In New Jersey, almost everyone will be voting by paper ballot and those take longer to count. A new state law allows counties to start counting mail-in ballots that were returned early 10 days before Election Day.
Mail-in ballots will be counted first and these results will begin to be posted by counties on election night. Counting of mail-in ballots will continue for the next week as those received through Nov. 10 will be counted provided they were mailed by Election Day, Nov. 3.
While officials are counting the mail-in ballots, if they come across any problems with a ballot — say, a voter forgot to sign a certificate, or forgot to enclose the certificate attached to the envelope — they are required to alert the voter within 48 hours and officials will send out a “cure” letter. If a voter signs the cure letter attesting that they did indeed submit the ballot and returned it to the county within the required time, the ballot will be counted.
You can check whether your vote was counted at the state Division of Elections website. You need to sign up for this service before you can use it. It is easiest to sign up with your voter ID, which will be printed on your mail-in ballot, but you can also do so with information from your driver’s license.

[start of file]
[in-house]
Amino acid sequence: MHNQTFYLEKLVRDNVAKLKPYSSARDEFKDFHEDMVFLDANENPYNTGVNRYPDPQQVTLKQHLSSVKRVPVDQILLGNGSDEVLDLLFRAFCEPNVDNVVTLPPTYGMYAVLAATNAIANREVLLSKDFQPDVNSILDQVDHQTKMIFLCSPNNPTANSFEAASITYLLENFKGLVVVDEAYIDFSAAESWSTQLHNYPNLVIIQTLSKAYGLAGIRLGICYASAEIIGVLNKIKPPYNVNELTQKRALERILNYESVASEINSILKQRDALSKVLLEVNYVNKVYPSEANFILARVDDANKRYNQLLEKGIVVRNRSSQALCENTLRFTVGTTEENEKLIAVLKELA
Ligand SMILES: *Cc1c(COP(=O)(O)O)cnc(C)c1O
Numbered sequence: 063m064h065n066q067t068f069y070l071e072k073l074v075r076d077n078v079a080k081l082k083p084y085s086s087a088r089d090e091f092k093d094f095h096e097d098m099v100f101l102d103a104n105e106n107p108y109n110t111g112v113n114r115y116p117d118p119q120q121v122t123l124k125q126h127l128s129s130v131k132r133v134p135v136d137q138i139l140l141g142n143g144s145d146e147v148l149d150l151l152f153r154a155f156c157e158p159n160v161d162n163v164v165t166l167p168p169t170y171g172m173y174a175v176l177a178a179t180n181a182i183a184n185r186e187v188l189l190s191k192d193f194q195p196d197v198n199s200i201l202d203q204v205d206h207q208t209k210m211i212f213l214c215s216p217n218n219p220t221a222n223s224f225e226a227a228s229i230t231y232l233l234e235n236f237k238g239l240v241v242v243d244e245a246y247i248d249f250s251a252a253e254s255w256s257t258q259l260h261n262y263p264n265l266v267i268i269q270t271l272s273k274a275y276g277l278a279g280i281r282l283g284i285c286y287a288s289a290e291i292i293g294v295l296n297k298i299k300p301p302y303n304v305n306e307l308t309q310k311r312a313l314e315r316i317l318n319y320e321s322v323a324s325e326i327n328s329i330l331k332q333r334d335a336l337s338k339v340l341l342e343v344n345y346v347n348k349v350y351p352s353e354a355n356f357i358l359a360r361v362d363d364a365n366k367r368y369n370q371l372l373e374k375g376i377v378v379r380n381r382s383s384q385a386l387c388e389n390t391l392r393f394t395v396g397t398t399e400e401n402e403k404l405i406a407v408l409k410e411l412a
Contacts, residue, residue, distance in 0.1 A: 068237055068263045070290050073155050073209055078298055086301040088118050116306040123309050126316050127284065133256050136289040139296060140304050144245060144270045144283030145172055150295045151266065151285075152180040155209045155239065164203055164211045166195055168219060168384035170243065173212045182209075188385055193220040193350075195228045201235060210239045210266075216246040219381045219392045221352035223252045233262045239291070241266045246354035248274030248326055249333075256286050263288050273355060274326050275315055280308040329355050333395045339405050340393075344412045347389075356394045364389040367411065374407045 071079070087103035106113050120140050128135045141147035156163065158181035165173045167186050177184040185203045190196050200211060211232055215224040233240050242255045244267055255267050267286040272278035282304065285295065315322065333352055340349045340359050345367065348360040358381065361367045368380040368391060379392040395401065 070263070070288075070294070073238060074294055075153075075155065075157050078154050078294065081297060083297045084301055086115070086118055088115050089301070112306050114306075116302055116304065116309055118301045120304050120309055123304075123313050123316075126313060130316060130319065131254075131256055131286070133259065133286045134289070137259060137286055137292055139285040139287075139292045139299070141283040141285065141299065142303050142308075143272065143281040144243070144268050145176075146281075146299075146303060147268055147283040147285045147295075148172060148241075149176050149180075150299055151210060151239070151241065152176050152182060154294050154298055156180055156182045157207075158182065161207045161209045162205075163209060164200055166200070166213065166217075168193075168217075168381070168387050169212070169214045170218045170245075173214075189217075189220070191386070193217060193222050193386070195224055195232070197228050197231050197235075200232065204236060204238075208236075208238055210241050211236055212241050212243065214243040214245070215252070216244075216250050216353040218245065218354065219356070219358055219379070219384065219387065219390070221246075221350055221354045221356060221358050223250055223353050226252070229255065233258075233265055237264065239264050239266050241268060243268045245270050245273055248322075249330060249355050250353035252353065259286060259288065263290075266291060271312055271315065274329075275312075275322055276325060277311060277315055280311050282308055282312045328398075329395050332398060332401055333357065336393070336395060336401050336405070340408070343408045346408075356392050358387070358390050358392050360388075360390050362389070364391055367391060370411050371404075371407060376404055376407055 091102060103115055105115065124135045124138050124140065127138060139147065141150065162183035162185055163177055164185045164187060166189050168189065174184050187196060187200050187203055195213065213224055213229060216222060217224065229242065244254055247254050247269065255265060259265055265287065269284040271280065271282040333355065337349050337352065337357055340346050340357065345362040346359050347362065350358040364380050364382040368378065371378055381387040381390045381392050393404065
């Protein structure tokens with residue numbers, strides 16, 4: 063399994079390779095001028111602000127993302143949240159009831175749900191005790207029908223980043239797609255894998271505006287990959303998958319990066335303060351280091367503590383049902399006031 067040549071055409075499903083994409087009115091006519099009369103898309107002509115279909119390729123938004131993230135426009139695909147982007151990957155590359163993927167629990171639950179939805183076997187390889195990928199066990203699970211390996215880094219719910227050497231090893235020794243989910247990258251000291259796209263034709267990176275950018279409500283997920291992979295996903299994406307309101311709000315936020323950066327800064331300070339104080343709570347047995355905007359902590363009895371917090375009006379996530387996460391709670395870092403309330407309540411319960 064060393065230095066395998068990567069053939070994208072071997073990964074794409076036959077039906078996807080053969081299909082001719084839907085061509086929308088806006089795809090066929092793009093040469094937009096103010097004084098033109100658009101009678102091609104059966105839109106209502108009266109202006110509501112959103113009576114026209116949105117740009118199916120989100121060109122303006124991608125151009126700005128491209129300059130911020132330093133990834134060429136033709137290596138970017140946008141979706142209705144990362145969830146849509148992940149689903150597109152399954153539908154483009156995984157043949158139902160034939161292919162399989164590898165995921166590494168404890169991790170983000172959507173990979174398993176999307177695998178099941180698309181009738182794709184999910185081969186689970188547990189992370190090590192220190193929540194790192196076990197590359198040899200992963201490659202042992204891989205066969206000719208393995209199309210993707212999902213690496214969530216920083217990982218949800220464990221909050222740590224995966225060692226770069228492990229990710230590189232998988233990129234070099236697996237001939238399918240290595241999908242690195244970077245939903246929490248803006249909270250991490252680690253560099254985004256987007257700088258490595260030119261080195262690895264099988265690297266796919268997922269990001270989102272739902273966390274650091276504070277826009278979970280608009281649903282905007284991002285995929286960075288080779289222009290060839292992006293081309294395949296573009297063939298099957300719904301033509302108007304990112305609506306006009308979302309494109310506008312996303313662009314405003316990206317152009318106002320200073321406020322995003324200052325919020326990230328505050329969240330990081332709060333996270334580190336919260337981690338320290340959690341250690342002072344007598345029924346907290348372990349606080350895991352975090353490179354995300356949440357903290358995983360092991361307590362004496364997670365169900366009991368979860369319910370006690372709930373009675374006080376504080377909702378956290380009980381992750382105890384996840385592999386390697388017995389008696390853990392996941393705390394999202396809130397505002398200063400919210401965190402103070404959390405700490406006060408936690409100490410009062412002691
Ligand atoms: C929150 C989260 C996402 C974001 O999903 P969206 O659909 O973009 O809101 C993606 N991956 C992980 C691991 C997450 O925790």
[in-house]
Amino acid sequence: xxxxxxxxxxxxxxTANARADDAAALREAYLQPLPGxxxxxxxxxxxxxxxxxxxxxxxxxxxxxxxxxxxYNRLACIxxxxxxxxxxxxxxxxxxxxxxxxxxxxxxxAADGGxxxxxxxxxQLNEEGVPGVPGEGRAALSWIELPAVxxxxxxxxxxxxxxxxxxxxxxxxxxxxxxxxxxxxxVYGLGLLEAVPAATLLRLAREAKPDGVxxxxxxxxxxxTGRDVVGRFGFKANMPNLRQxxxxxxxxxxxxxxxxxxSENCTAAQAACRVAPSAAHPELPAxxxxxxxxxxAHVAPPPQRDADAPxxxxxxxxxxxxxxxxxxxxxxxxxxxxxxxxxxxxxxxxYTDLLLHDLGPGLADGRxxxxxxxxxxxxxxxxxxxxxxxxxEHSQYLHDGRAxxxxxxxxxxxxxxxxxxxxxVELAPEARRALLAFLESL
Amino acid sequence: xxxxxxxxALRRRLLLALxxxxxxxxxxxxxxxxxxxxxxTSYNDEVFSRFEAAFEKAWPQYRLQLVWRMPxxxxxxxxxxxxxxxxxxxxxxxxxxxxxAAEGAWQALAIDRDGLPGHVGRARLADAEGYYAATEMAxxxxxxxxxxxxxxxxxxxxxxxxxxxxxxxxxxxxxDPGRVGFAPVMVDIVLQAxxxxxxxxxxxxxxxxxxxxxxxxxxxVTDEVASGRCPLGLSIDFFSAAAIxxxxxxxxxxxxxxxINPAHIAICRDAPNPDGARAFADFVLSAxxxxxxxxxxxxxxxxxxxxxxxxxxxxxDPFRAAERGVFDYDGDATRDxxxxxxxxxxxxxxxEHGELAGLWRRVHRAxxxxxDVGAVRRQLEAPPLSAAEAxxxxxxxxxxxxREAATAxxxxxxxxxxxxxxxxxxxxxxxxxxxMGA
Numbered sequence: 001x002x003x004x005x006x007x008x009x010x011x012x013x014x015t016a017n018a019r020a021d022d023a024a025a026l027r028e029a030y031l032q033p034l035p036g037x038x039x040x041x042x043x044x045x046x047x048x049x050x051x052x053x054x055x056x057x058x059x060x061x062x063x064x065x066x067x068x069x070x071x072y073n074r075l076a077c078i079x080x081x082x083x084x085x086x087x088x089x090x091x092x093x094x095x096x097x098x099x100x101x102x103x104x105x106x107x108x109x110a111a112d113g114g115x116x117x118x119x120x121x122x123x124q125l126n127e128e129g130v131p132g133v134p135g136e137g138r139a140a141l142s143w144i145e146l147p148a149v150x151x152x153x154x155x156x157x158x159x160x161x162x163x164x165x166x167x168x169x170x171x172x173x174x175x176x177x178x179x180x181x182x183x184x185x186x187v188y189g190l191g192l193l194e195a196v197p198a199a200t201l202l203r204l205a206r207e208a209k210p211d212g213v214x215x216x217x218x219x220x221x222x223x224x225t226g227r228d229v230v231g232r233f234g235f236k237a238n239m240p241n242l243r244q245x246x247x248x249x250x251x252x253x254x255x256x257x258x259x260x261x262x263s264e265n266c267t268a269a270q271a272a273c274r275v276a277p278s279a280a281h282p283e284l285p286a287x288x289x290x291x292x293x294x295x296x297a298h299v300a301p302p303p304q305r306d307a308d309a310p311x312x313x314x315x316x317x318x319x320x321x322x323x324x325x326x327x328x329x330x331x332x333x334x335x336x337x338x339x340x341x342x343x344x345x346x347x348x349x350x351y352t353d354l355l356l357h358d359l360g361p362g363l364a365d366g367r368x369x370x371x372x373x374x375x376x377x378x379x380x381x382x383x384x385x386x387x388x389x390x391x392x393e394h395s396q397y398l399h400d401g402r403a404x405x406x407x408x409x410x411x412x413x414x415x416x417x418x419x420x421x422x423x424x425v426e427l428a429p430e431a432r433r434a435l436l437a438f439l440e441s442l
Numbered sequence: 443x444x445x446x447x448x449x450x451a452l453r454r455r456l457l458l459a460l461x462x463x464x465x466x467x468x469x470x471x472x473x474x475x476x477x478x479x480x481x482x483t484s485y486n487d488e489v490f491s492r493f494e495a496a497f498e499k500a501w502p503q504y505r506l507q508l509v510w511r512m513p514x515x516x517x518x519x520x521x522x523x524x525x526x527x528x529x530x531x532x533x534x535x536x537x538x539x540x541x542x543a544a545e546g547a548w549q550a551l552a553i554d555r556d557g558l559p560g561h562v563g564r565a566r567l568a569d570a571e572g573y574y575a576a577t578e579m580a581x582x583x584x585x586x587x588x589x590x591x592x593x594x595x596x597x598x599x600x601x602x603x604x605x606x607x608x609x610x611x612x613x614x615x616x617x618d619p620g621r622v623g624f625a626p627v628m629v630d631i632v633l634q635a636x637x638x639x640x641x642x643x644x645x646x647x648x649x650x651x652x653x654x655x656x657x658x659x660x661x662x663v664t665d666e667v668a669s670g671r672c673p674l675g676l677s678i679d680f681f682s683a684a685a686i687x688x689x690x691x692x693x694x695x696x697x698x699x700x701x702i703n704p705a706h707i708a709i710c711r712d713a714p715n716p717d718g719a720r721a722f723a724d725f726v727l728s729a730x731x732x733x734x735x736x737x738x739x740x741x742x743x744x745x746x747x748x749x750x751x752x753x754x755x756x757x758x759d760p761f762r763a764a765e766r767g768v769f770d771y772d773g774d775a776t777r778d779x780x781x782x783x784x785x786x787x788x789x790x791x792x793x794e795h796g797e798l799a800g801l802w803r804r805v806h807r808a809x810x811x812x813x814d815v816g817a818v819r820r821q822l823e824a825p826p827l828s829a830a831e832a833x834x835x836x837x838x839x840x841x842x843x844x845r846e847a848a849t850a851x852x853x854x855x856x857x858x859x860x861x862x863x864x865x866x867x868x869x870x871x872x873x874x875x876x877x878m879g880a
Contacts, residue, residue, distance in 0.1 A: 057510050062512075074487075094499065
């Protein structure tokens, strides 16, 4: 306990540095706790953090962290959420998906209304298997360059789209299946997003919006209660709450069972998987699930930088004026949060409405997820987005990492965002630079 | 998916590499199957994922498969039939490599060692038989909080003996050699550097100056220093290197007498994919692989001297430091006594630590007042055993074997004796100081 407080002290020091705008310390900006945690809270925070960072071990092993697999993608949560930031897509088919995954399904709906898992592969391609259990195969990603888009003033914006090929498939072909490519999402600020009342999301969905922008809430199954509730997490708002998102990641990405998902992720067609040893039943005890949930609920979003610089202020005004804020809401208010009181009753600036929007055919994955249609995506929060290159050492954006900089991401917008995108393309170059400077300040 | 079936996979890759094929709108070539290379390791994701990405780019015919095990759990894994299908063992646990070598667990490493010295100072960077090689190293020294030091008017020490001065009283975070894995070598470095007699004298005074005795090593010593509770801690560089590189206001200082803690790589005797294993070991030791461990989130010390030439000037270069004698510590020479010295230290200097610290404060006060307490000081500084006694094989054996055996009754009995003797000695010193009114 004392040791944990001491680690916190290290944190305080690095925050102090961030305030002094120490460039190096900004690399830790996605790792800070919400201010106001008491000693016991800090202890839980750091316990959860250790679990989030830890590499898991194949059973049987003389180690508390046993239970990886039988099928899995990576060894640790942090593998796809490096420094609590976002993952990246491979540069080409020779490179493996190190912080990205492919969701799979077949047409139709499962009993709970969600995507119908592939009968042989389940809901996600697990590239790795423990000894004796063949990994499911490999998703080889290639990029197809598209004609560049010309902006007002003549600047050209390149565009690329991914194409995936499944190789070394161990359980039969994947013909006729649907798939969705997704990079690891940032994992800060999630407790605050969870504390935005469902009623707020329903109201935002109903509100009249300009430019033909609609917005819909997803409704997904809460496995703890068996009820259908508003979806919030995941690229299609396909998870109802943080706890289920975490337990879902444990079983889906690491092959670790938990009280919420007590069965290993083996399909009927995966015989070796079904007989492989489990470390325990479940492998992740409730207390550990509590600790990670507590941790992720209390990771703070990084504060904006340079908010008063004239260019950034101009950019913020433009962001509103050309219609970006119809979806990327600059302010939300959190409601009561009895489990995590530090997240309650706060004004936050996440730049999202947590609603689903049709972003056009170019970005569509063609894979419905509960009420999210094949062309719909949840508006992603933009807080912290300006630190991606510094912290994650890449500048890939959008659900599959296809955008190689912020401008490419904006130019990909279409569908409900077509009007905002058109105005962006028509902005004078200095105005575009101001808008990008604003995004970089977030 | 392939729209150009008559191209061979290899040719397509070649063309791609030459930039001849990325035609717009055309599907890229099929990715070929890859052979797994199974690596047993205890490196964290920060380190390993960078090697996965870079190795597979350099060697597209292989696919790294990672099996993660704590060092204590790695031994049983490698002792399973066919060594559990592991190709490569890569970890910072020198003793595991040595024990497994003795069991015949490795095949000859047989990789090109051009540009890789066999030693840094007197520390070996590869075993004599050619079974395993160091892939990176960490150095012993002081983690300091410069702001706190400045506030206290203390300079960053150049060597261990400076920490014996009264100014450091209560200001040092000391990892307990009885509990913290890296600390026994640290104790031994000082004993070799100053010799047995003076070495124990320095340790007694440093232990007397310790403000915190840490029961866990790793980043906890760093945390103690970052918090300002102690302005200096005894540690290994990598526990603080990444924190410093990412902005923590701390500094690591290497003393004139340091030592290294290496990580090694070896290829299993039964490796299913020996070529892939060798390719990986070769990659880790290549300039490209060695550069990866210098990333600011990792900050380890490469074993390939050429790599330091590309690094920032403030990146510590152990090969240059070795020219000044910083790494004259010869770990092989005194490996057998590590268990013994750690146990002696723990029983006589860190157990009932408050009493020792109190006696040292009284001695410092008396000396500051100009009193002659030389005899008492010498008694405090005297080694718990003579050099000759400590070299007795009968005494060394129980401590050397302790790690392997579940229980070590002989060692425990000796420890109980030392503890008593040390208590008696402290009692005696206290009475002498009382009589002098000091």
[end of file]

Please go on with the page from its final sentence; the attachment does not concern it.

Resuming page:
Once the mail-in ballot count is completed, officials will begin to count the provisional ballots. These cannot be counted until all the mail-in ballots are counted because officials need to ensure that a person is not voting twice.
While it took a month for the state to post the results from New Jersey’s July primary, county clerks must submit all general election results to the state no later than Nov. 23.
For more on how to vote and the issues New Jersey voters are deciding this election, visit the NJ Spotlight News elections portal.